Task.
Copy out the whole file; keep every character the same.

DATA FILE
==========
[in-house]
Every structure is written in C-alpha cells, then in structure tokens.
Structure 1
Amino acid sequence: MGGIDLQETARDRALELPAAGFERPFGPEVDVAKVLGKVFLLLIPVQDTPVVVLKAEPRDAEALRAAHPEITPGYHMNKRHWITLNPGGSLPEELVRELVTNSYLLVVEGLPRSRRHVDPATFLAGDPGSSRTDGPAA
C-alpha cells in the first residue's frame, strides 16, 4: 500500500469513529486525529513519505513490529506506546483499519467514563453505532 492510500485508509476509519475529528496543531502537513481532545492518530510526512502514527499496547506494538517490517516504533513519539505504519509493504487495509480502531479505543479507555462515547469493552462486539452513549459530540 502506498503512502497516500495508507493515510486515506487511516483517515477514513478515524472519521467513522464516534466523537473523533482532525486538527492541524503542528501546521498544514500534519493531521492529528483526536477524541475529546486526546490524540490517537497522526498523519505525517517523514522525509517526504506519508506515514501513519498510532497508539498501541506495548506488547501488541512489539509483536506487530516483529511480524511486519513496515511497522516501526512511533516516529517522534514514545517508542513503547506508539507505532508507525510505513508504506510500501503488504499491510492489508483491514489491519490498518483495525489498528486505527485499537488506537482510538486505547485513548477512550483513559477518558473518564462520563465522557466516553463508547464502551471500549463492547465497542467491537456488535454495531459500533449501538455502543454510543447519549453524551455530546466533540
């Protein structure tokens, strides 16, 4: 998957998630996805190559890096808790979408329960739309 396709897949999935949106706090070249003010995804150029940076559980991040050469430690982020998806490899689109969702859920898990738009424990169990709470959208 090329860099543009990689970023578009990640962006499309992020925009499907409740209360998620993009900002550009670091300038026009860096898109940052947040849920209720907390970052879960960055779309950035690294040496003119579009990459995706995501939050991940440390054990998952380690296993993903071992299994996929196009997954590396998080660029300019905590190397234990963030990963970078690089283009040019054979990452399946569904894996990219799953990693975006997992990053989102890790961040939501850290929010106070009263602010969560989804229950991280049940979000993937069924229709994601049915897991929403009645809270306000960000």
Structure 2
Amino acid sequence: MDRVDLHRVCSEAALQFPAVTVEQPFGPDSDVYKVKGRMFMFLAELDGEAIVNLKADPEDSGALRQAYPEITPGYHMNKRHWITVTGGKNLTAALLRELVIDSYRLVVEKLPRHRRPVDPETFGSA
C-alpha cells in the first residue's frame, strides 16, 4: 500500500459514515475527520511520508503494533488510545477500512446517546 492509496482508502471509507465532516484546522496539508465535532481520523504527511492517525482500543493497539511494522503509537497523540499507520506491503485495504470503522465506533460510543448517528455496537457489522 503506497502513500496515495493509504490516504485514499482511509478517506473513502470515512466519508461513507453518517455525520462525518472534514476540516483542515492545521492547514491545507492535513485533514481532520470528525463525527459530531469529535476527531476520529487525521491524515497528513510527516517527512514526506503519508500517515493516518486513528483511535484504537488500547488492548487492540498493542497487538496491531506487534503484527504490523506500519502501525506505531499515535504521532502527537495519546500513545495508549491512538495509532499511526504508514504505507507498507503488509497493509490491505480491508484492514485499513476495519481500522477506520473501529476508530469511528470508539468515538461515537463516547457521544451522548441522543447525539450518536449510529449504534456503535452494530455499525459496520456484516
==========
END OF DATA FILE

[in-house]
Every structure is written in C-alpha cells, then in structure tokens.
Structure 1
Amino acid sequence: MGGIDLQETARDRALELPAAGFERPFGPEVDVAKVLGKVFLLLIPVQDTPVVVLKAEPRDAEALRAAHPEITPGYHMNKRHWITLNPGGSLPEELVRELVTNSYLLVVEGLPRSRRHVDPATFLAGDPGSSRTDGPAA
C-alpha cells in the first residue's frame, strides 16, 4: 500500500469513529486525529513519505513490529506506546483499519467514563453505532 492510500485508509476509519475529528496543531502537513481532545492518530510526512502514527499496547506494538517490517516504533513519539505504519509493504487495509480502531479505543479507555462515547469493552462486539452513549459530540 502506498503512502497516500495508507493515510486515506487511516483517515477514513478515524472519521467513522464516534466523537473523533482532525486538527492541524503542528501546521498544514500534519493531521492529528483526536477524541475529546486526546490524540490517537497522526498523519505525517517523514522525509517526504506519508506515514501513519498510532497508539498501541506495548506488547501488541512489539509483536506487530516483529511480524511486519513496515511497522516501526512511533516516529517522534514514545517508542513503547506508539507505532508507525510505513508504506510500501503488504499491510492489508483491514489491519490498518483495525489498528486505527485499537488506537482510538486505547485513548477512550483513559477518558473518564462520563465522557466516553463508547464502551471500549463492547465497542467491537456488535454495531459500533449501538455502543454510543447519549453524551455530546466533540
């Protein structure tokens, strides 16, 4: 998957998630996805190559890096808790979408329960739309 396709897949999935949106706090070249003010995804150029940076559980991040050469430690982020998806490899689109969702859920898990738009424990169990709470959208 090329860099543009990689970023578009990640962006499309992020925009499907409740209360998620993009900002550009670091300038026009860096898109940052947040849920209720907390970052879960960055779309950035690294040496003119579009990459995706995501939050991940440390054990998952380690296993993903071992299994996929196009997954590396998080660029300019905590190397234990963030990963970078690089283009040019054979990452399946569904894996990219799953990693975006997992990053989102890790961040939501850290929010106070009263602010969560989804229950991280049940979000993937069924229709994601049915897991929403009645809270306000960000």
Structure 2
Amino acid sequence: MDRVDLHRVCSEAALQFPAVTVEQPFGPDSDVYKVKGRMFMFLAELDGEAIVNLKADPEDSGALRQAYPEITPGYHMNKRHWITVTGGKNLTAALLRELVIDSYRLVVEKLPRHRRPVDPETFGSA
C-alpha cells in the first residue's frame, strides 16, 4: 500500500459514515475527520511520508503494533488510545477500512446517546 492509496482508502471509507465532516484546522496539508465535532481520523504527511492517525482500543493497539511494522503509537497523540499507520506491503485495504470503522465506533460510543448517528455496537457489522 503506497502513500496515495493509504490516504485514499482511509478517506473513502470515512466519508461513507453518517455525520462525518472534514476540516483542515492545521492547514491545507492535513485533514481532520470528525463525527459530531469529535476527531476520529487525521491524515497528513510527516517527512514526506503519508500517515493516518486513528483511535484504537488500547488492548487492540498493542497487538496491531506487534503484527504490523506500519502501525506505531499515535504521532502527537495519546500513545495508549491512538495509532499511526504508514504505507507498507503488509497493509490491505480491508484492514485499513476495519481500522477506520473501529476508530469511528470508539468515538461515537463516547457521544451522548441522543447525539450518536449510529449504534456503535452494530455499525459496520456484516